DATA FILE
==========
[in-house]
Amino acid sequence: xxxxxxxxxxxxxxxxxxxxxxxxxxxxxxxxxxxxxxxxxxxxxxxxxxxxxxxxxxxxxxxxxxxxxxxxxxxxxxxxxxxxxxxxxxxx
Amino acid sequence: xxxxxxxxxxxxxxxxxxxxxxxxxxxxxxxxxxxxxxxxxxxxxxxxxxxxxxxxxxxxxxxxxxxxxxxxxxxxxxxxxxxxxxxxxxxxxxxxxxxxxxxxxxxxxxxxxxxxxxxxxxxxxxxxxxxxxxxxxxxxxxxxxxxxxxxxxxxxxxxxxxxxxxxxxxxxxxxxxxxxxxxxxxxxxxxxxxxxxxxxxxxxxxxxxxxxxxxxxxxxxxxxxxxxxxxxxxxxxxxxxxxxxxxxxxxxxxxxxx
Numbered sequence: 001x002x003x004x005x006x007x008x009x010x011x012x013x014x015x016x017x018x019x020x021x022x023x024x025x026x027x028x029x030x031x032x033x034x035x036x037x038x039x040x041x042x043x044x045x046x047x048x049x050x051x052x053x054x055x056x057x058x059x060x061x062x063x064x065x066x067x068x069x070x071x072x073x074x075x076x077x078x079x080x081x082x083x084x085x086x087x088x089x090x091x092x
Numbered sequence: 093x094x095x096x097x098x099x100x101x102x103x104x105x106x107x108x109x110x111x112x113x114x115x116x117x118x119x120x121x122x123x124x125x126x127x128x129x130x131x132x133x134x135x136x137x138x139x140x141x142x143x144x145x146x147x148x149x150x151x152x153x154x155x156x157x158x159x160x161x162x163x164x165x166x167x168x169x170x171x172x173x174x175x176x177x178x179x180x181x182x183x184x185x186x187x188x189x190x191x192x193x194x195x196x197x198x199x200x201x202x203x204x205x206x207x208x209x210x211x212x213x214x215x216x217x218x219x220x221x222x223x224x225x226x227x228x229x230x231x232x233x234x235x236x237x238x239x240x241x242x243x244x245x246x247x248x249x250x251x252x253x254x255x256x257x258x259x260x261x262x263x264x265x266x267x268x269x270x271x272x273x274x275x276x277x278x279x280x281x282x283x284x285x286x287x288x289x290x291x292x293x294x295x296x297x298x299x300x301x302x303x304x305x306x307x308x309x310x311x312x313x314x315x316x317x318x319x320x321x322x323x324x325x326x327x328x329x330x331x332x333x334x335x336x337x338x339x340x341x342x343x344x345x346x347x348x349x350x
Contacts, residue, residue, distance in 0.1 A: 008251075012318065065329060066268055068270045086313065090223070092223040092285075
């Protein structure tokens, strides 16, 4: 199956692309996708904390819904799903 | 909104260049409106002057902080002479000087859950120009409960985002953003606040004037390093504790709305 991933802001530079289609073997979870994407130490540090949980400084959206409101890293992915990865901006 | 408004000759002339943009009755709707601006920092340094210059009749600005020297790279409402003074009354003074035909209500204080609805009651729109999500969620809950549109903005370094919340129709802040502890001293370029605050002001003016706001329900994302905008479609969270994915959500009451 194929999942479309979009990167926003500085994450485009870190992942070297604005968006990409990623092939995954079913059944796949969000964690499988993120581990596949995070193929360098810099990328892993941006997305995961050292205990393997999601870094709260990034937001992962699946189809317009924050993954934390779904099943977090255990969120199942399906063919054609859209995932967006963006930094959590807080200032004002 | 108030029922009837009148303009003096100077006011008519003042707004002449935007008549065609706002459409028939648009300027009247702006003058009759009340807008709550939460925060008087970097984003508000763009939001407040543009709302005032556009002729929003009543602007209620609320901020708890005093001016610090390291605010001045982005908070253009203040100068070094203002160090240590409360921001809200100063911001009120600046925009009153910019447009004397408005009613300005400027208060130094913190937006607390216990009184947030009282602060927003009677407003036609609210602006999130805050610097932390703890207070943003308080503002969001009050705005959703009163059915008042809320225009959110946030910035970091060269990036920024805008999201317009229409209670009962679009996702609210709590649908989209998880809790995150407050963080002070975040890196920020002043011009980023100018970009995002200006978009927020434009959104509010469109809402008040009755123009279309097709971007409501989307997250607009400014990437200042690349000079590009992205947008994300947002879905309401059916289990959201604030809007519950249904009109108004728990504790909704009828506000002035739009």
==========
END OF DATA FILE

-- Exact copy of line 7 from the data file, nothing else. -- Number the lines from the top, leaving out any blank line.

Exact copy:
């Protein structure tokens, strides 16, 4: 199956692309996708904390819904799903 | 909104260049409106002057902080002479000087859950120009409960985002953003606040004037390093504790709305 991933802001530079289609073997979870994407130490540090949980400084959206409101890293992915990865901006 | 408004000759002339943009009755709707601006920092340094210059009749600005020297790279409402003074009354003074035909209500204080609805009651729109999500969620809950549109903005370094919340129709802040502890001293370029605050002001003016706001329900994302905008479609969270994915959500009451 194929999942479309979009990167926003500085994450485009870190992942070297604005968006990409990623092939995954079913059944796949969000964690499988993120581990596949995070193929360098810099990328892993941006997305995961050292205990393997999601870094709260990034937001992962699946189809317009924050993954934390779904099943977090255990969120199942399906063919054609859209995932967006963006930094959590807080200032004002 | 108030029922009837009148303009003096100077006011008519003042707004002449935007008549065609706002459409028939648009300027009247702006003058009759009340807008709550939460925060008087970097984003508000763009939001407040543009709302005032556009002729929003009543602007209620609320901020708890005093001016610090390291605010001045982005908070253009203040100068070094203002160090240590409360921001809200100063911001009120600046925009009153910019447009004397408005009613300005400027208060130094913190937006607390216990009184947030009282602060927003009677407003036609609210602006999130805050610097932390703890207070943003308080503002969001009050705005959703009163059915008042809320225009959110946030910035970091060269990036920024805008999201317009229409209670009962679009996702609210709590649908989209998880809790995150407050963080002070975040890196920020002043011009980023100018970009995002200006978009927020434009959104509010469109809402008040009755123009279309097709971007409501989307997250607009400014990437200042690349000079590009992205947008994300947002879905309401059916289990959201604030809007519950249904009109108004728990504790909704009828506000002035739009």